A historic black church in northwest Atlanta was saved by the help of the Occupy Atlanta movement. Higher Ground Empowerment Center, a church opened in 1903, is part of Atlanta's Vine City, which has been economically battered over the last few years.
The church, which not only gives out food and clothing to those in need but also runs tutoring programs, took out a substantial loan in 2008 to cover damage from a tornado that struck the area. HGEC struggled so much in the last few years, with dwindling membership the main culprit, that it was unable to make the payments. It attempted to refinance with BB&T, but the bank refused and threatened to evict the church in less than seven days last week if it didn't come up with the money.
When the bank threatened the church, HGEC's Pastor Dexter Johnson called up Occupy Atlanta for help. Activists then set up camp outside the site, and a day later, BB&T went back on its scheduled eviction and agreed to negotiate with the bank. Protesters said that they will not leave the site until a deal is reached.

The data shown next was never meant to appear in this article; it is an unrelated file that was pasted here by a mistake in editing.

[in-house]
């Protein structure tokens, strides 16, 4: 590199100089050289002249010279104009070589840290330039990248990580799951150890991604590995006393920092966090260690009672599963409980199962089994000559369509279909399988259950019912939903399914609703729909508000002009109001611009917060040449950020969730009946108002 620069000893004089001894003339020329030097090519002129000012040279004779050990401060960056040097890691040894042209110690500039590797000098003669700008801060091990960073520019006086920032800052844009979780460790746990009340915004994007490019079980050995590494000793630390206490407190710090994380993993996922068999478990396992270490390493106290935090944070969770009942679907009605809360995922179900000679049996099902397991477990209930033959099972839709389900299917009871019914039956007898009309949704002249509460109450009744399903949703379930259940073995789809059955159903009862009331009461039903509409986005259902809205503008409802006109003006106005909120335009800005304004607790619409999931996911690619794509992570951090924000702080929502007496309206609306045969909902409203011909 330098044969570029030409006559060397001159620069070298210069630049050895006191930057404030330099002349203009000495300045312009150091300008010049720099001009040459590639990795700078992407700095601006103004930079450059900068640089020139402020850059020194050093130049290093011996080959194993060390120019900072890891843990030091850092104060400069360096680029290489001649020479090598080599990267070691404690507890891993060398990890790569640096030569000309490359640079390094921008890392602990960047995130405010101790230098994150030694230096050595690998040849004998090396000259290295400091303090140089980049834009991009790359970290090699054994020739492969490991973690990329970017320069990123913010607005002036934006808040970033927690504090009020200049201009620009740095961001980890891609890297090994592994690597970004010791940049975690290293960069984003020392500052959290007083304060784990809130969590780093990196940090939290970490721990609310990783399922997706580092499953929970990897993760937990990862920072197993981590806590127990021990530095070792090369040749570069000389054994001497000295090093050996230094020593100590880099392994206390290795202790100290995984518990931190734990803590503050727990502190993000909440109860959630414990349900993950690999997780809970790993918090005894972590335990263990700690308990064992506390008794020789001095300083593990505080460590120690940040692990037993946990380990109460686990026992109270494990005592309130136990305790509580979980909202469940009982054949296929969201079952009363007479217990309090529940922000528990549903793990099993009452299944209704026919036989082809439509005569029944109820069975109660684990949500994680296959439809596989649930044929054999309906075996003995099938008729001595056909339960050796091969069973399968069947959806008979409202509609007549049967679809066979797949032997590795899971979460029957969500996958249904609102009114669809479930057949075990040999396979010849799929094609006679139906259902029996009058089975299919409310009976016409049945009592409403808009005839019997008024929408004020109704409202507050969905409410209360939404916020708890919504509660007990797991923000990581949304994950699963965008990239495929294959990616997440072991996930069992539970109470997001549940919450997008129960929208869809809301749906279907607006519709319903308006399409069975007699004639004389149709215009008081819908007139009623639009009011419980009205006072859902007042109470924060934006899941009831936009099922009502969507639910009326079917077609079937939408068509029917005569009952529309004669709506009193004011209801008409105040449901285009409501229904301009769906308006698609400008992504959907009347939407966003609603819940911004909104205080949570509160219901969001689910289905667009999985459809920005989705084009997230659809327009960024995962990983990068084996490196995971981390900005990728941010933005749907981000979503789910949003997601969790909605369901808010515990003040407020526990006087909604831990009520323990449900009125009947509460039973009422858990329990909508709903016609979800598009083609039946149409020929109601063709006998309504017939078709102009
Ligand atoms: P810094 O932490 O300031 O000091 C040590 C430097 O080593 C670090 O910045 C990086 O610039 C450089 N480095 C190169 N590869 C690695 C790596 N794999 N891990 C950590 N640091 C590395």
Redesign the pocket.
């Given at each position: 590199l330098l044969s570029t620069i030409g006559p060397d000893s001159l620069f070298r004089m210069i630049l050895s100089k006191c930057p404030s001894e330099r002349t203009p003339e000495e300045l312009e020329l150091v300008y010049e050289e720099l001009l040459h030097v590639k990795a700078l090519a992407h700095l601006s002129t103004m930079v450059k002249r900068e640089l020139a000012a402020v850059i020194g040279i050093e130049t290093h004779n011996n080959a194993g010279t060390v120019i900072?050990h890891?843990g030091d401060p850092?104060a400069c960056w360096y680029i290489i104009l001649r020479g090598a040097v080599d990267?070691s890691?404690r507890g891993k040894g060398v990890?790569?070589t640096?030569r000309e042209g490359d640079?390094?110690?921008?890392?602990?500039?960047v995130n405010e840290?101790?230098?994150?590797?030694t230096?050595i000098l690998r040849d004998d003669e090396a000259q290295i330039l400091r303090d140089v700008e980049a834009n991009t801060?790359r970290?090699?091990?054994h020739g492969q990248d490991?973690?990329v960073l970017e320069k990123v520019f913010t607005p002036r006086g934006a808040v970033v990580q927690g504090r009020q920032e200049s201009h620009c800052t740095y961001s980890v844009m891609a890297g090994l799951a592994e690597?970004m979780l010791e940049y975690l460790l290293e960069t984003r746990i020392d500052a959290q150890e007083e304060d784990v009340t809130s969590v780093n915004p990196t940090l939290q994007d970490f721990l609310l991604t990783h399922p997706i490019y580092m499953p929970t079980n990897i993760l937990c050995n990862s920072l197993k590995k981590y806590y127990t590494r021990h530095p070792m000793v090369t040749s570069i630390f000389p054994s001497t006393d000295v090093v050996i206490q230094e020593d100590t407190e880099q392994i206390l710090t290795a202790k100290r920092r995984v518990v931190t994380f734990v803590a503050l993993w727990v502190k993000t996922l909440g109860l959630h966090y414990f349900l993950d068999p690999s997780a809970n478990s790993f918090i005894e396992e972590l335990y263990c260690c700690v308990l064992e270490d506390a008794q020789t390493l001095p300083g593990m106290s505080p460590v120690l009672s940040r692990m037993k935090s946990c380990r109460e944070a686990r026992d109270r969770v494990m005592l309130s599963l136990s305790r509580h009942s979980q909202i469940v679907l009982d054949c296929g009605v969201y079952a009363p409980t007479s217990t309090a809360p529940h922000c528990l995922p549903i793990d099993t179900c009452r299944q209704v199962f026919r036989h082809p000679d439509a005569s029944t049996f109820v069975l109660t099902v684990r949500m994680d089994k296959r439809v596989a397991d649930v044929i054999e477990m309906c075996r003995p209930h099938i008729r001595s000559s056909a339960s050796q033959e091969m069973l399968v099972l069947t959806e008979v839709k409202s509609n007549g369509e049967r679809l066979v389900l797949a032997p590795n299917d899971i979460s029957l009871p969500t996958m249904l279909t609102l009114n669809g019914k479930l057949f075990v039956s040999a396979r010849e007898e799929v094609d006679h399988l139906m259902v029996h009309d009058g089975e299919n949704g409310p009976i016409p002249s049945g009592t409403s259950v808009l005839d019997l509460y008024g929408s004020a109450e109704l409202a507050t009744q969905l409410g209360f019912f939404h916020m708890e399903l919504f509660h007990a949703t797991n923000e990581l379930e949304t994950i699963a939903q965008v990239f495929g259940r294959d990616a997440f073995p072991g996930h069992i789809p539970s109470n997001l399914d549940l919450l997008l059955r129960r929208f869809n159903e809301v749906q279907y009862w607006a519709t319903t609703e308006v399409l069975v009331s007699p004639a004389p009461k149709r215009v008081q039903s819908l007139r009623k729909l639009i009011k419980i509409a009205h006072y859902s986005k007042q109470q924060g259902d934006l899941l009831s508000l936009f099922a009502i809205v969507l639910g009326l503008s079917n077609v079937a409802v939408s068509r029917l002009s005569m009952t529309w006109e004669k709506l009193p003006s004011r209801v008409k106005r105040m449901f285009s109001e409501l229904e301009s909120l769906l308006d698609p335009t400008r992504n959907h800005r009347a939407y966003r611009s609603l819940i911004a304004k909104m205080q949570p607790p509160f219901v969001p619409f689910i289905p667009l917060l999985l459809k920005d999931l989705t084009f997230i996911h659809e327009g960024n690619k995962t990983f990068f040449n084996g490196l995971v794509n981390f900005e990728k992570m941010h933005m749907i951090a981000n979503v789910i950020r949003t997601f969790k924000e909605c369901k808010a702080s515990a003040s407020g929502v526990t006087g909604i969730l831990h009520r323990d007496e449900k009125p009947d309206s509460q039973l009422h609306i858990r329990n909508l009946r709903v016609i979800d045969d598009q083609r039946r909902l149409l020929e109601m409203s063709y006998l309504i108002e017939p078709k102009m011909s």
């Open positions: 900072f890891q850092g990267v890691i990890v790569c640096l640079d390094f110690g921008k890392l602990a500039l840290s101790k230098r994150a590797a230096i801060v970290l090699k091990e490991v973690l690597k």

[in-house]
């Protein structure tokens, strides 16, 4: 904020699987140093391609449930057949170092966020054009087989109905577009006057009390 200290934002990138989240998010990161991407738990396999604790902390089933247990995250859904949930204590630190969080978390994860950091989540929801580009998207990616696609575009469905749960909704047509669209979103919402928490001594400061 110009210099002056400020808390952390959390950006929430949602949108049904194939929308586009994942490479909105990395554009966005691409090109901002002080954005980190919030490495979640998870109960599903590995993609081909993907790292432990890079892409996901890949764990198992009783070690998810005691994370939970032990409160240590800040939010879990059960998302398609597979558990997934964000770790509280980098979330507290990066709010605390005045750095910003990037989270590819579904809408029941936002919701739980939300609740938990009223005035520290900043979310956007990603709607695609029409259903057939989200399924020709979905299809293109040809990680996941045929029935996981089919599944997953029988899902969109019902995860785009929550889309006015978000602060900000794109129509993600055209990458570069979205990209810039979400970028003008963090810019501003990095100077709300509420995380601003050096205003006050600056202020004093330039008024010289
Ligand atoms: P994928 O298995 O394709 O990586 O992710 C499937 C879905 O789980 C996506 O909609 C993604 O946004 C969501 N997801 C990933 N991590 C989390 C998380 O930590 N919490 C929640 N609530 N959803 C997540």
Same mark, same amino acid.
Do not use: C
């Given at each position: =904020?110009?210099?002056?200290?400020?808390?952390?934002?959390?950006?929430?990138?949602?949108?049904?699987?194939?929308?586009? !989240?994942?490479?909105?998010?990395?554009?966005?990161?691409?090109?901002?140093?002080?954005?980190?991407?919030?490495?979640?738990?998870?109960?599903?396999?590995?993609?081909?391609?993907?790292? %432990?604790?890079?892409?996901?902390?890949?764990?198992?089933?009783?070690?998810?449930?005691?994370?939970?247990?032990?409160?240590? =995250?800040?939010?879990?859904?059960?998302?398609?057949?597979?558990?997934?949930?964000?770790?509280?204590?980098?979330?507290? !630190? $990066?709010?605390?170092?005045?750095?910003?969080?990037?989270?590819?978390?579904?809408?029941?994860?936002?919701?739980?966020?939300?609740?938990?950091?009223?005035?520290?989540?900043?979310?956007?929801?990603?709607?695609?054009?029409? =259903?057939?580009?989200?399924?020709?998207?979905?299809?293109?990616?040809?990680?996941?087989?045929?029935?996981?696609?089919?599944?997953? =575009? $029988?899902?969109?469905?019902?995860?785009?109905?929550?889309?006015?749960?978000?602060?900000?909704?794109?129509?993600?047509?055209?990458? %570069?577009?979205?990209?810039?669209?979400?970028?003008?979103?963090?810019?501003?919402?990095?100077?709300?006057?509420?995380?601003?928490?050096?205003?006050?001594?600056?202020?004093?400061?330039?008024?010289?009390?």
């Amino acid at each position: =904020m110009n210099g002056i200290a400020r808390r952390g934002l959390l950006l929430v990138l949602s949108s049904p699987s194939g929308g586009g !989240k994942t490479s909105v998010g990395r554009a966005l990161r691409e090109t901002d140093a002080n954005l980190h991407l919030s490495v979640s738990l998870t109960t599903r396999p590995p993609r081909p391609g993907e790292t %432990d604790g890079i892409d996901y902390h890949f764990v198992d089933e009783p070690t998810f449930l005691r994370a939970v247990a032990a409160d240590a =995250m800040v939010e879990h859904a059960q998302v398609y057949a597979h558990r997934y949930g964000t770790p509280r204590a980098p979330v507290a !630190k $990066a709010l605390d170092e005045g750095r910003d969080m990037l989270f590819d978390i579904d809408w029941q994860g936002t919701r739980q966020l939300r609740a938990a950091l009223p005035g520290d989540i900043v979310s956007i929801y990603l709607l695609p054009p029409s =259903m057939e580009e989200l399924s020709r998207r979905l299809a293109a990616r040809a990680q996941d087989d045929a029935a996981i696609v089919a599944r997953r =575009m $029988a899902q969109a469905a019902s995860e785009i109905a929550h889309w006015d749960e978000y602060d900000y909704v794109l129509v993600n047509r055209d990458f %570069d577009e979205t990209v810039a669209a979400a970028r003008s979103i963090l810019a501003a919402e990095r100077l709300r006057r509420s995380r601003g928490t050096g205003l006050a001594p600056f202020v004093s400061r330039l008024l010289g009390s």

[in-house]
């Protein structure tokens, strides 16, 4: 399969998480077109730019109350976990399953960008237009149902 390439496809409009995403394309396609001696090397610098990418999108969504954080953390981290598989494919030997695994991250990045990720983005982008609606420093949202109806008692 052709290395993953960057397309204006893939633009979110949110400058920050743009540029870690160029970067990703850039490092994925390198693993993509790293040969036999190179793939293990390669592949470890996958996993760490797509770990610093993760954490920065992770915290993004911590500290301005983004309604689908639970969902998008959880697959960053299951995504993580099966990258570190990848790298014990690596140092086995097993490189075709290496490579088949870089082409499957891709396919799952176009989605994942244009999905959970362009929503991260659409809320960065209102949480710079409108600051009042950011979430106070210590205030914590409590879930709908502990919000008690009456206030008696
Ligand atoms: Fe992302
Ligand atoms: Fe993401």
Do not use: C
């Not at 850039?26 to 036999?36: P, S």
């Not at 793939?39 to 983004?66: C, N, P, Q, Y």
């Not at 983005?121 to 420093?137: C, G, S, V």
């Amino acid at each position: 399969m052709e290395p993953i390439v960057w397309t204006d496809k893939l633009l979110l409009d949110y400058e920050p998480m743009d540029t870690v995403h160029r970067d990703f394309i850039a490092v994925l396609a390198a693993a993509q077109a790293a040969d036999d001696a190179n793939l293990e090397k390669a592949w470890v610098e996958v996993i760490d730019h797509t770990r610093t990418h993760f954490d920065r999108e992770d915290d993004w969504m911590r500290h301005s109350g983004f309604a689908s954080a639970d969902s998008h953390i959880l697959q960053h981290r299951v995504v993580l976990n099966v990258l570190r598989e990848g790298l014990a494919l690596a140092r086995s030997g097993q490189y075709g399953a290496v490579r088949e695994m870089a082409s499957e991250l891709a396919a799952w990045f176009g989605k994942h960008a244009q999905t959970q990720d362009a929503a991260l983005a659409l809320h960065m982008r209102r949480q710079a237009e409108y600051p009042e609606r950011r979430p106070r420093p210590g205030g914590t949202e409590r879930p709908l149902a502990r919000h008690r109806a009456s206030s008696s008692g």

Despite HGEC's claim that the bank was ready to foreclose on it, BB&T said that it wasn't because the church is leasing and doesn't have a mortgage. "We are working with the church on a resolution that will allow them to remain in the building," a spokesman for BB&T told CBS Atlanta. "They're going to work with us to come up with a new payment plan," Johnson said.
This is another example of how much good these Occupy movements have done across the country. If what Pastor Johnson is saying is true and the bank was ready to foreclose on the church, then this bank immediately balked at that idea once the Occupy movement came along. The PR nightmare for BB&T wouldn't have been worth it. Let's hope these two parties can strike a deal.
Read more at CBS Atlanta.